He never shared as much fame as someone like Dr. John or Al Hirt, but there's no way you could ever have grown up in Louisiana -- or even the South -- without hearing one of his songs.

Allen Toussaint, legendary Louisiana producer, songwriter and performer, passed away at age 77 while on tour in Europe. While he had his own string of minorly successful albums in the 1970s for Warner Bros., Toussaint's contributions to Louisiana music go deep. He's written for and/or performed with such amazing musicians as Irma Thomas, The Meters, Dr. John, Aaron Neville, Lee Dorsey, Etta James, Ernie K-Doe, The Pointer Sisters, The Band, Bonnie Raitt, Elvis Costello and Glen Campbell.

In fact, his biggest hit came from Campbell's cover of "Southern Nights," which Campbell took to No. 1 in 1977. It was a million-seller and earned Campbell a nomination for Song of the Year by the CMA.

But on his own, Toussaint was still a musical force. He took home a Grammy Trustees Award in 2009, and got inducted into the Songwriters Hall of Fame in 2011. The artists who covered his work? As diverse as the songs he wrote: Bo Diddley, The Doors, Iron Butterfly, Ringo Starr, Little Feat, Three Dog Night, Helen Reddy, B.J. Thomas, Robert Palmer.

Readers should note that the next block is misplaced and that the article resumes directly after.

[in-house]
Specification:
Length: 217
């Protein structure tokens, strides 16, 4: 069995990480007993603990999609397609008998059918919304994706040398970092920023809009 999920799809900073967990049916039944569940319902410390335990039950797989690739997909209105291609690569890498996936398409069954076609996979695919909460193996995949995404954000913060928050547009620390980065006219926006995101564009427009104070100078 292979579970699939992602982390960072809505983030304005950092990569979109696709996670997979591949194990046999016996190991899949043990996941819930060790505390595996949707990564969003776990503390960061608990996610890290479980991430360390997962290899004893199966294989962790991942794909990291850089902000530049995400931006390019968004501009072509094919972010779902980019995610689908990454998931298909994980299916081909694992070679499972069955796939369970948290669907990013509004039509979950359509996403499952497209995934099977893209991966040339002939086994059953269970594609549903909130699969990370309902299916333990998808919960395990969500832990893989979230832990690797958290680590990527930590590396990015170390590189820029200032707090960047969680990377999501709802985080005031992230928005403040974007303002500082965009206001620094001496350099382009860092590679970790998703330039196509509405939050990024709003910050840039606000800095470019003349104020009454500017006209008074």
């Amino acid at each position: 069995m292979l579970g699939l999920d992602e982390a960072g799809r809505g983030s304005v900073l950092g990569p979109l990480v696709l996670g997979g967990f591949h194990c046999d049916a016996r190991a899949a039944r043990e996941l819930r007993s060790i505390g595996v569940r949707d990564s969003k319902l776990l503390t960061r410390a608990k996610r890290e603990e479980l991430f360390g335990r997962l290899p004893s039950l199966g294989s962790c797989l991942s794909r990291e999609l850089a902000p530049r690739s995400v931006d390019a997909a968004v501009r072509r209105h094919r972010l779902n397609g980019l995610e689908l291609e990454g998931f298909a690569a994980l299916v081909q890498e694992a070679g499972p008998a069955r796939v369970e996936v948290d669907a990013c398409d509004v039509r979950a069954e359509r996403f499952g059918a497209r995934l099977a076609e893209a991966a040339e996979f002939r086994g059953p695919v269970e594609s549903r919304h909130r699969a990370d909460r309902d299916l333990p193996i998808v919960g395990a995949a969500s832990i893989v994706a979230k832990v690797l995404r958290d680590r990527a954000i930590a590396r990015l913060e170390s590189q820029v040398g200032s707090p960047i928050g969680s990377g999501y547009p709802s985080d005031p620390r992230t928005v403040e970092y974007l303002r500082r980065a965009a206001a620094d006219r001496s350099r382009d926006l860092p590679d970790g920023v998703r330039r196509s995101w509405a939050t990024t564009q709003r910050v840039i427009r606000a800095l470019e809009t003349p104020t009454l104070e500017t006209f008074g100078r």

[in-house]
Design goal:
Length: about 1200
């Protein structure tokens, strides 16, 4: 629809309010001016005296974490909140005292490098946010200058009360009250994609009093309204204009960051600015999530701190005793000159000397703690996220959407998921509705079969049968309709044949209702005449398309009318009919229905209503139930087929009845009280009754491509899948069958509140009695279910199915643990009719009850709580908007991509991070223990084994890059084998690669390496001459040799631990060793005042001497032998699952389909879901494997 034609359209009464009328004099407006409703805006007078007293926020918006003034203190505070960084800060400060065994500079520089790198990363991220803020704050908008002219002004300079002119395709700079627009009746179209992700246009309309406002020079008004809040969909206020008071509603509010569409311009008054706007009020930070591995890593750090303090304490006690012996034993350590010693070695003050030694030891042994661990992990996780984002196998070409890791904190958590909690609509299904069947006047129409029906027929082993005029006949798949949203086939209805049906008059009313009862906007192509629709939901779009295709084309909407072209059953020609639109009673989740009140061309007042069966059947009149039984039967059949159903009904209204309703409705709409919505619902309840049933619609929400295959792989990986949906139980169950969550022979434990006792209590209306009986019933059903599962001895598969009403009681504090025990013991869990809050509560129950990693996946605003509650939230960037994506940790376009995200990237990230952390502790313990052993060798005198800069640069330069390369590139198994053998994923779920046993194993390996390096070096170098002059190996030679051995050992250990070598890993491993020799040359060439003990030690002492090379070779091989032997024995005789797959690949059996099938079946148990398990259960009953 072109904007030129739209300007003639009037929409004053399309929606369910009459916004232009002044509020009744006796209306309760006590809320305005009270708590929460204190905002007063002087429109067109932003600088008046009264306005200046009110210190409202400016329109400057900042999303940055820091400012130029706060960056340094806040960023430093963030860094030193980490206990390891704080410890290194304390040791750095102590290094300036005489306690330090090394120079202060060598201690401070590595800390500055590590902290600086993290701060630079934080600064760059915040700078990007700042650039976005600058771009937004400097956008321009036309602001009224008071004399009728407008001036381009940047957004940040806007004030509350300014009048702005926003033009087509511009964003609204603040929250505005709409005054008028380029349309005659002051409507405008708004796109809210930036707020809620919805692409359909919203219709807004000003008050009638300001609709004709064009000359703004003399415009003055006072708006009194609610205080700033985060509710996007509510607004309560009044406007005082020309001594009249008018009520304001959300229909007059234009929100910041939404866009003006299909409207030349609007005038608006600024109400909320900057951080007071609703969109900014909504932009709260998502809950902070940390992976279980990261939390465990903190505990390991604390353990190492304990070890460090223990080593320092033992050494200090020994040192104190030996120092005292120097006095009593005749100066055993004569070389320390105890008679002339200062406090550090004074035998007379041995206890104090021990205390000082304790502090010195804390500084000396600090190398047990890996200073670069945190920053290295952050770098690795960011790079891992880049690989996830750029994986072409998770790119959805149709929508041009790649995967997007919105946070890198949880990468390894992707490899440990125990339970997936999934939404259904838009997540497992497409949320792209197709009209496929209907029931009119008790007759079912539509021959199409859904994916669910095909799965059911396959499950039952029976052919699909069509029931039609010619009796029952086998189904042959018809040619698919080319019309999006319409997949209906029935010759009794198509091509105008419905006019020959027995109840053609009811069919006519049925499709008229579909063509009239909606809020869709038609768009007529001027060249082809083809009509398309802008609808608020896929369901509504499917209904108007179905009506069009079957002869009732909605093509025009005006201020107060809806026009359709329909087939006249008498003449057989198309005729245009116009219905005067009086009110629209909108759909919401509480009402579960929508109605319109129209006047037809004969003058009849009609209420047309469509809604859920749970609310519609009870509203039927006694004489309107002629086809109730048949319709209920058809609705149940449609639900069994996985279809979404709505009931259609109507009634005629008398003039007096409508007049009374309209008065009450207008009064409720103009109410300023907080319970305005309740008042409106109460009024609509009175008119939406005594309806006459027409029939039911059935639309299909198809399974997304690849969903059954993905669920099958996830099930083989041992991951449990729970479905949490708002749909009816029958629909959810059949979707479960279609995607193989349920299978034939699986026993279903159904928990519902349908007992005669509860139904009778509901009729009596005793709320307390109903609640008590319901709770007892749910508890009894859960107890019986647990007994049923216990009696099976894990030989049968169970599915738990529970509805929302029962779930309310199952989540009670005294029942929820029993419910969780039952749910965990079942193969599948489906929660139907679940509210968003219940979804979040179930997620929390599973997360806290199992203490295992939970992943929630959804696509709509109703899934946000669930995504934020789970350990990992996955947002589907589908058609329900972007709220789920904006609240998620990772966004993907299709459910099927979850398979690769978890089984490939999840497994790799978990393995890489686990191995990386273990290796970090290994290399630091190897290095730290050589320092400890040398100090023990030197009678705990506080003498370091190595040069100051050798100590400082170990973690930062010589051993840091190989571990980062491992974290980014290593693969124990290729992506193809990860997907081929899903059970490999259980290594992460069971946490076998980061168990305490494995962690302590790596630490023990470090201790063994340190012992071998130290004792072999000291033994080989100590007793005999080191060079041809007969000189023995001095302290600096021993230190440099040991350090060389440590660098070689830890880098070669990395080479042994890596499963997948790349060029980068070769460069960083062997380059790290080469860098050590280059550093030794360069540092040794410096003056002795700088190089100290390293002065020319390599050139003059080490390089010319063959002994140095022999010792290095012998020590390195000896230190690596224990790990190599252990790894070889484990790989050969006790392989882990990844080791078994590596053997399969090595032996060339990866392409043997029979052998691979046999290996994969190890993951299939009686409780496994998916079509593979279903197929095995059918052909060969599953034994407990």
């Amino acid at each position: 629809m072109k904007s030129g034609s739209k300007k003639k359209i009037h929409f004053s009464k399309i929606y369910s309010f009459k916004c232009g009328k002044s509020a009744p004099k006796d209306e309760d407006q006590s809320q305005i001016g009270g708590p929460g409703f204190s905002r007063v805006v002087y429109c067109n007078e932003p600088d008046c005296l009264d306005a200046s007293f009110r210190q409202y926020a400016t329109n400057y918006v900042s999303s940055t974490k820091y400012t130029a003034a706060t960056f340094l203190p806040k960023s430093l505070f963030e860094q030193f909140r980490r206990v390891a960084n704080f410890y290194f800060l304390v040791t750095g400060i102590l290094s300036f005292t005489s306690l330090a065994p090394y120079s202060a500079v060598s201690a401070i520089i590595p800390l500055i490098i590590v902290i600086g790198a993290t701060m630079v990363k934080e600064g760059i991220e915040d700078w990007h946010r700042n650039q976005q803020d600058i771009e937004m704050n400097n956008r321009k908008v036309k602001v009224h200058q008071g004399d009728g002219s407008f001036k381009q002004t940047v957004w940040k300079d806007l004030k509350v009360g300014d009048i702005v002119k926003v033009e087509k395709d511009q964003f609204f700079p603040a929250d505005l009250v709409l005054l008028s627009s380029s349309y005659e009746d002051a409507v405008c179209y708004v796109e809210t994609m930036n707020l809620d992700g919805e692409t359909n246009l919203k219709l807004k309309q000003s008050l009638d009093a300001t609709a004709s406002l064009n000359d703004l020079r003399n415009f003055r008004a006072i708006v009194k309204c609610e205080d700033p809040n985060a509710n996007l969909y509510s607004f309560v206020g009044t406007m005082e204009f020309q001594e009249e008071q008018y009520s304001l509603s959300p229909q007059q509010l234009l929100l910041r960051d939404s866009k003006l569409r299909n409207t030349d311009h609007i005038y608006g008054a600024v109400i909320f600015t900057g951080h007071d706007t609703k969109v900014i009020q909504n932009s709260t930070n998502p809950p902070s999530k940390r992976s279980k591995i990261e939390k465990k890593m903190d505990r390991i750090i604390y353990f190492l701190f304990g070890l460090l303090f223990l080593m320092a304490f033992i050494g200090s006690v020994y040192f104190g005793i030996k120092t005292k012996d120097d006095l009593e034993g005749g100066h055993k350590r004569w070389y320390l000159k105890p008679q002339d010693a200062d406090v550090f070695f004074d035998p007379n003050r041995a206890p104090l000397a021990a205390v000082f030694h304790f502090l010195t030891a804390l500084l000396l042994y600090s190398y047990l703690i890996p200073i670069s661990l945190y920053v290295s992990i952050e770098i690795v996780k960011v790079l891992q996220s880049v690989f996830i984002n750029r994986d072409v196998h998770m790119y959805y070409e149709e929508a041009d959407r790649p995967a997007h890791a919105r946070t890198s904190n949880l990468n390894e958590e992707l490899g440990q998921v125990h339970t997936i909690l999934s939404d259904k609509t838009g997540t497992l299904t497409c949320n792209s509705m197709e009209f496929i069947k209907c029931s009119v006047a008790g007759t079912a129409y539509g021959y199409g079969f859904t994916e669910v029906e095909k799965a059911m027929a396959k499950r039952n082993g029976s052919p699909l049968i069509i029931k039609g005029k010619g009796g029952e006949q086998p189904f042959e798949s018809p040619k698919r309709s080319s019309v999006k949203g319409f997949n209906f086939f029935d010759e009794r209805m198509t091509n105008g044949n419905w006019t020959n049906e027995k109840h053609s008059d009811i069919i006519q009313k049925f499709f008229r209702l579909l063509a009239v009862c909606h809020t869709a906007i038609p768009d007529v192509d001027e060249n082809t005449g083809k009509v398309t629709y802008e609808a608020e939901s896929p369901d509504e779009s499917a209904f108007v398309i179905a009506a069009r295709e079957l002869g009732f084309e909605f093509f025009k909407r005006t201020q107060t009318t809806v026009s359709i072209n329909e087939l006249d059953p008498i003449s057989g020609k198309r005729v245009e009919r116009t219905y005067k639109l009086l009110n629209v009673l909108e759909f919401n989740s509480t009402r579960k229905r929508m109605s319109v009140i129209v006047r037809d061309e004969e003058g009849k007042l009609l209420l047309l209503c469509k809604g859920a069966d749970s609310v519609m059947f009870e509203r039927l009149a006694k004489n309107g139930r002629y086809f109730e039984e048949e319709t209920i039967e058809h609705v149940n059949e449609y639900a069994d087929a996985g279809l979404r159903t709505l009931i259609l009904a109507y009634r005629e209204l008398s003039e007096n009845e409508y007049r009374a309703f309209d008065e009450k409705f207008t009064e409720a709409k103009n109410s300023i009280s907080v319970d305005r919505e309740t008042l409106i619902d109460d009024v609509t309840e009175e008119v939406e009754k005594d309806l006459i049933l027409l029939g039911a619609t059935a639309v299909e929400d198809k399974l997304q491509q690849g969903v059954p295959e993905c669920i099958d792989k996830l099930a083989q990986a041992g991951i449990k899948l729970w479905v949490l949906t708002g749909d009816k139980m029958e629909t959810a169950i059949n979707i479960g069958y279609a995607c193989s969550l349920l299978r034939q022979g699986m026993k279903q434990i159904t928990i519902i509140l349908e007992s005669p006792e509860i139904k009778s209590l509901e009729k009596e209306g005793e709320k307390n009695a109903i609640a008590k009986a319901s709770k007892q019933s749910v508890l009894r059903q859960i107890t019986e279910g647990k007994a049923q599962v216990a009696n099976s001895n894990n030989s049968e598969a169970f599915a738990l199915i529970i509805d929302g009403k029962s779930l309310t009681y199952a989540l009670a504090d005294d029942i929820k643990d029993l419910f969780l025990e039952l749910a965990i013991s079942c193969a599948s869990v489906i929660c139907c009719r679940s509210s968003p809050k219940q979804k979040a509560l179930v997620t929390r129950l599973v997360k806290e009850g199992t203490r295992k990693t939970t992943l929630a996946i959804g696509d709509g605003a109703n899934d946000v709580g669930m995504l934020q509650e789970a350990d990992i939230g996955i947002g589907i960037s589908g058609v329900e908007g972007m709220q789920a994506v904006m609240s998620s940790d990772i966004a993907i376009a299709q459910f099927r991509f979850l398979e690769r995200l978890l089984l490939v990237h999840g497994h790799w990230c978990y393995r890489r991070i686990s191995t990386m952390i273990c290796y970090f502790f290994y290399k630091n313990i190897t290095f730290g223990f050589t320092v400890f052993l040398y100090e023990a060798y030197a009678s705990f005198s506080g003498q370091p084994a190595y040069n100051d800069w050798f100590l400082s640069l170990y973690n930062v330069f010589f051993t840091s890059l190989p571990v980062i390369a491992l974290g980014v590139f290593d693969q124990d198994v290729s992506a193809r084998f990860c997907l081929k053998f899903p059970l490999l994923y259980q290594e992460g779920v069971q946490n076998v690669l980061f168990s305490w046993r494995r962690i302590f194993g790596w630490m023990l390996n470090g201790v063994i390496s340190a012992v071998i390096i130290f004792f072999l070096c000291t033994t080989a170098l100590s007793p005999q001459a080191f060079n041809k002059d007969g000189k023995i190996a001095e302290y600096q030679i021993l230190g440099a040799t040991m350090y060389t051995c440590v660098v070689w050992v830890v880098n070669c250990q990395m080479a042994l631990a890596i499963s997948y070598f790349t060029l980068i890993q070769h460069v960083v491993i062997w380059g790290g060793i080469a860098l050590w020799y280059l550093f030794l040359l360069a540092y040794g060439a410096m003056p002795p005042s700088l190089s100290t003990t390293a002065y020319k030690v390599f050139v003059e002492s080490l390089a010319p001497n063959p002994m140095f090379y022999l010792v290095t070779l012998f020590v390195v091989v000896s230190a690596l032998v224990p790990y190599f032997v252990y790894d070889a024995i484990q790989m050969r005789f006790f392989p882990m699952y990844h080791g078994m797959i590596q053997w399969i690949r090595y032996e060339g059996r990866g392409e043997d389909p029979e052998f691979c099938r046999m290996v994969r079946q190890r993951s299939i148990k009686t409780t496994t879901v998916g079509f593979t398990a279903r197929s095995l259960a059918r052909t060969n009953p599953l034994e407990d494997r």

He also founded the famous Sea-Saint Studios in Gentilly in 1972. Pretty soon, artists like Paul Simon and Paul McCartney and Wings were recording famous albums there.

Hurricane Katrina forced him to relocate to New York City in 2005, which ended up being beneficial to his career, as he experienced a renaissance and began touring frequently worldwide.

“I’m not accustomed to talking about myself,” he said, according to his website. “I talk in the studio with musicians. Or through my songs.” -- New York Times

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